Man arrested in Utah for dealing meth for Mexican cartel
After four years, strike force agents finally nabbed a man they suspect dealt methamphetamine for a Mexican drug cartel.
The 37-year-old man was charged Friday in 2nd District Court with distributing or arranging to distribute a controlled substance. If convicted, he could face one to 15 years in prison.
The charge comes the day after the Weber-Morgan Narcotics Strike Force agents and the FBI teamed up to arrest him at a meet-up with Utah distributors in Tremonton. Agents report finding about four pounds of methamphetamine in his vehicle when they caught him in the Box Elder County city.
This is not the first run-in between him and the strike force. Agents served a search warrant on his Roy home in July 2008, where they seized one pound of methamphetamine and a firearm, according to a news release. He was federally indicted, but fled to Mexico, the release adds.
The strike force eventually learned he had come back and re-established his methamphetamine distribution operation in the area of Boise, Idaho, supplying the drugs to Idaho and northern Utah once they were smuggled in from Mexico, according to the release. Lt. Troy Burnett, commander of the strike force, added that he received the drugs from the Sinaloa cartel.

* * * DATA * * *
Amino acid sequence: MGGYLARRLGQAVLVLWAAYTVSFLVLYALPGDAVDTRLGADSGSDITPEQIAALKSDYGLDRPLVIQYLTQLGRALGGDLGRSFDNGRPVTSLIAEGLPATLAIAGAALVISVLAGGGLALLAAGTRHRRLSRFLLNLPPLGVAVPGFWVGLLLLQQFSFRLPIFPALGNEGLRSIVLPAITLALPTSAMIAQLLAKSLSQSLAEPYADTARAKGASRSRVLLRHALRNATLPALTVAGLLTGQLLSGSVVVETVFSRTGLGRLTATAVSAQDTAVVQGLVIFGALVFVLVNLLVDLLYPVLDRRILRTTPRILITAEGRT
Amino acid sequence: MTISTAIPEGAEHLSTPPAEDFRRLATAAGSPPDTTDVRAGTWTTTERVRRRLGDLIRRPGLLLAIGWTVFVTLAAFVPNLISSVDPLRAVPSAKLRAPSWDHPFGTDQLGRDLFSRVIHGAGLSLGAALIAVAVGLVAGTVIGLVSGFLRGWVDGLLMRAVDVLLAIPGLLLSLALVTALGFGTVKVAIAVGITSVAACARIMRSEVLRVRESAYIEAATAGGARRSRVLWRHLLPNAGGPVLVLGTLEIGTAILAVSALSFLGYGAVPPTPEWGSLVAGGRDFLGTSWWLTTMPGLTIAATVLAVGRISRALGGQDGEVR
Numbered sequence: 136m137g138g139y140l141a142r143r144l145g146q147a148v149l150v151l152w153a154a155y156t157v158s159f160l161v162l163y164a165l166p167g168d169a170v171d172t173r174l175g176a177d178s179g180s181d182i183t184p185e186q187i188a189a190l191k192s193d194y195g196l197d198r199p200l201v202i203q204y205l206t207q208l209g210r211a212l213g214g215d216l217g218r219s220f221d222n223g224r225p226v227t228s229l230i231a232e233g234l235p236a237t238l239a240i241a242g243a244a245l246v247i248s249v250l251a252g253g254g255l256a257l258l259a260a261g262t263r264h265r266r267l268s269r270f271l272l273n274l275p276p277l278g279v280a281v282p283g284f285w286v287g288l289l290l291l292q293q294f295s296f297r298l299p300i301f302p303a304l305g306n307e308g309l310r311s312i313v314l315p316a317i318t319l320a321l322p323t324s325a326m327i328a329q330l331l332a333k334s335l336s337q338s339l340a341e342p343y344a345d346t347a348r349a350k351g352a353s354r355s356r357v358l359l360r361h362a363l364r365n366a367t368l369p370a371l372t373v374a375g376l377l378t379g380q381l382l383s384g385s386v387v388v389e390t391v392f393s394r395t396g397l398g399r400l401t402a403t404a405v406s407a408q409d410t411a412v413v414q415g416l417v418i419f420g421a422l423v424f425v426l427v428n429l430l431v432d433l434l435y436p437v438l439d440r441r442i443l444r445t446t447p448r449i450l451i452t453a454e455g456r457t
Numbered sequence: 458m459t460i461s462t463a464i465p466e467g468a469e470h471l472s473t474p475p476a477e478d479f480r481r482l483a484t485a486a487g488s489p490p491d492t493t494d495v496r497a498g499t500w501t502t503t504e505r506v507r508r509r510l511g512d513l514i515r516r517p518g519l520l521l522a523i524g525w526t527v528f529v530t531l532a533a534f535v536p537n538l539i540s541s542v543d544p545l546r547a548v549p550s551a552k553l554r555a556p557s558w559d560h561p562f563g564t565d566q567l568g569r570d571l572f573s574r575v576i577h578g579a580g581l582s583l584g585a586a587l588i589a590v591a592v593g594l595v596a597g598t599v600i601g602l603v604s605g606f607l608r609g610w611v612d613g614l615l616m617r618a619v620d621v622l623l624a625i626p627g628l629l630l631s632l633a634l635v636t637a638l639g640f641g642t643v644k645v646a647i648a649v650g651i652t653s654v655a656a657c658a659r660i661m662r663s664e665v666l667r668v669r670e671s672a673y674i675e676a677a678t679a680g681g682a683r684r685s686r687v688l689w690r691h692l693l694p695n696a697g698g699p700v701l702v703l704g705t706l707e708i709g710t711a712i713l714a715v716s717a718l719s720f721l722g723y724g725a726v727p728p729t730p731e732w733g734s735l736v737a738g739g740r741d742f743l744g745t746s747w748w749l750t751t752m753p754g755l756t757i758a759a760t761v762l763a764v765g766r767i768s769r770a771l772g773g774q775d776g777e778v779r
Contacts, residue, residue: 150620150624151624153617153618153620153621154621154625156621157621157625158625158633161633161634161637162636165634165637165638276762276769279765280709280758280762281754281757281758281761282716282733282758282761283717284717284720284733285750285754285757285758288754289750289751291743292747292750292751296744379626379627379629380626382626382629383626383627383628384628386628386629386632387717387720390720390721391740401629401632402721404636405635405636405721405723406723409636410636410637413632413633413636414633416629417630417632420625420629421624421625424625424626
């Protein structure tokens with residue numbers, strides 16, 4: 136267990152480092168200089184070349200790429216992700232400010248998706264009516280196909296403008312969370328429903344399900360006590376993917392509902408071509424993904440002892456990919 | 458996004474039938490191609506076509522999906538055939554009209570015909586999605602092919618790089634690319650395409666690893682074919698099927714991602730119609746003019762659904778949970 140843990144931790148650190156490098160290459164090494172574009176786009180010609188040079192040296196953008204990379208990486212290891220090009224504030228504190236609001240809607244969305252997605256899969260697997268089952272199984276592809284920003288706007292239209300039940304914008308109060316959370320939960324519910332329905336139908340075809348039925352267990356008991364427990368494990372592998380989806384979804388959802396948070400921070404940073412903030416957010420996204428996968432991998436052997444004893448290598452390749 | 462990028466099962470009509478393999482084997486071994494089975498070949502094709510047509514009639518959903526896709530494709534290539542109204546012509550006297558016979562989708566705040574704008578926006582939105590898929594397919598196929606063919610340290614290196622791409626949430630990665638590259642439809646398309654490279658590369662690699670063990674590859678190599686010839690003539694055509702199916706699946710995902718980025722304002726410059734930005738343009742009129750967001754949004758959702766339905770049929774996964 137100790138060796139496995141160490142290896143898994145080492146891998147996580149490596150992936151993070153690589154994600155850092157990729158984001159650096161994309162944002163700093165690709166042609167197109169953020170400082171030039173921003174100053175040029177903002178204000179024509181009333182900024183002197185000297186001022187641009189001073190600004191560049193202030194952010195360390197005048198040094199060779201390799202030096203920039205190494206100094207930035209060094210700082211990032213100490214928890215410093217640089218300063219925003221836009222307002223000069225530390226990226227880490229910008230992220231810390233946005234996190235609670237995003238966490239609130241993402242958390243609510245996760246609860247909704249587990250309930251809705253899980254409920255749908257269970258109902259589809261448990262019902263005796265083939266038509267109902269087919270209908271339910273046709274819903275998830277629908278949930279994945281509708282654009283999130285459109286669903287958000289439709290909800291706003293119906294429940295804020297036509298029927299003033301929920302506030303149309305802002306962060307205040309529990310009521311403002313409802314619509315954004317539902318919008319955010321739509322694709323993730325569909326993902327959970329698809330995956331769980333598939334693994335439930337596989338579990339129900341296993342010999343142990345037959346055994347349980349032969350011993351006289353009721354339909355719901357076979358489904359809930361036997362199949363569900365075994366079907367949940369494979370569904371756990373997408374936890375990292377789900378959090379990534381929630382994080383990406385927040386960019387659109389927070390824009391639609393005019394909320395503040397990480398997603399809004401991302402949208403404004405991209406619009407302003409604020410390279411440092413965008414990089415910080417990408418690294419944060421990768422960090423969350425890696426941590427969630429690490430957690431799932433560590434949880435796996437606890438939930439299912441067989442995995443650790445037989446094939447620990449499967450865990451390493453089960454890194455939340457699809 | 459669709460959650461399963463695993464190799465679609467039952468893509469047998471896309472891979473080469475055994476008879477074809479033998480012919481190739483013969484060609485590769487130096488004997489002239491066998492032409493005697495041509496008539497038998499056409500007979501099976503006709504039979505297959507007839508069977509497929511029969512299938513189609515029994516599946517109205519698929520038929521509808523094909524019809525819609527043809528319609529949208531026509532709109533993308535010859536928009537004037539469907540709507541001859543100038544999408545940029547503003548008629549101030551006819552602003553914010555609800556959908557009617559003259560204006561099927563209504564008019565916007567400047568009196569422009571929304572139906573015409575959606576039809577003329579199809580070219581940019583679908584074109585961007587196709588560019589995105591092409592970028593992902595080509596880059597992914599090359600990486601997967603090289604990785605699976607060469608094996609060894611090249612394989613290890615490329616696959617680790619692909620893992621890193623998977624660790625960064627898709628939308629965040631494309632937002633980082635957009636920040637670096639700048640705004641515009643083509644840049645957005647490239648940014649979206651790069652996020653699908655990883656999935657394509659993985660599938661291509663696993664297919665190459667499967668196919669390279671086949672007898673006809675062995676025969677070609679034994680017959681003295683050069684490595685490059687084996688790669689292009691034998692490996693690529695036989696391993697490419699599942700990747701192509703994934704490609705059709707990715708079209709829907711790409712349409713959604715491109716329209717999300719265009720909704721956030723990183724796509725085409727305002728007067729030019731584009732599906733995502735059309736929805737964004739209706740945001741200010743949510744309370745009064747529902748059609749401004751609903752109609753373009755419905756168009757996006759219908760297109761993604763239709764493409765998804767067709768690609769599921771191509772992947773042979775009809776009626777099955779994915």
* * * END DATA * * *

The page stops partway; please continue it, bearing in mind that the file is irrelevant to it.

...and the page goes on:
The strike force and the FBI teamed up and, after an extensive investigation, learned the man planned to meet his distributors in Tremonton on Thursday to hand over a large quantity of methamphetamine, according to the release. But on Thursday, he showed up and instead found a team of agents waiting for him. The man was taken into custody, and investigators found more than four pounds of methamphetamine, with a street value of $100,000, in his vehicle, the release adds.
He was booked into the Weber County jail on a federal warrant stemming from the 2008 raid. Law enforcement will also seek federal charges from the bust on Thursday.
The man's distributors were based in Ogden and in turn supplied drugs to Weber and Davis counties, Burnett said.
The seizure of those drugs will have a significant effect on methamphetamine sales in northern Utah, according to the strike force. But the reprieve will be a short lived one, the release adds.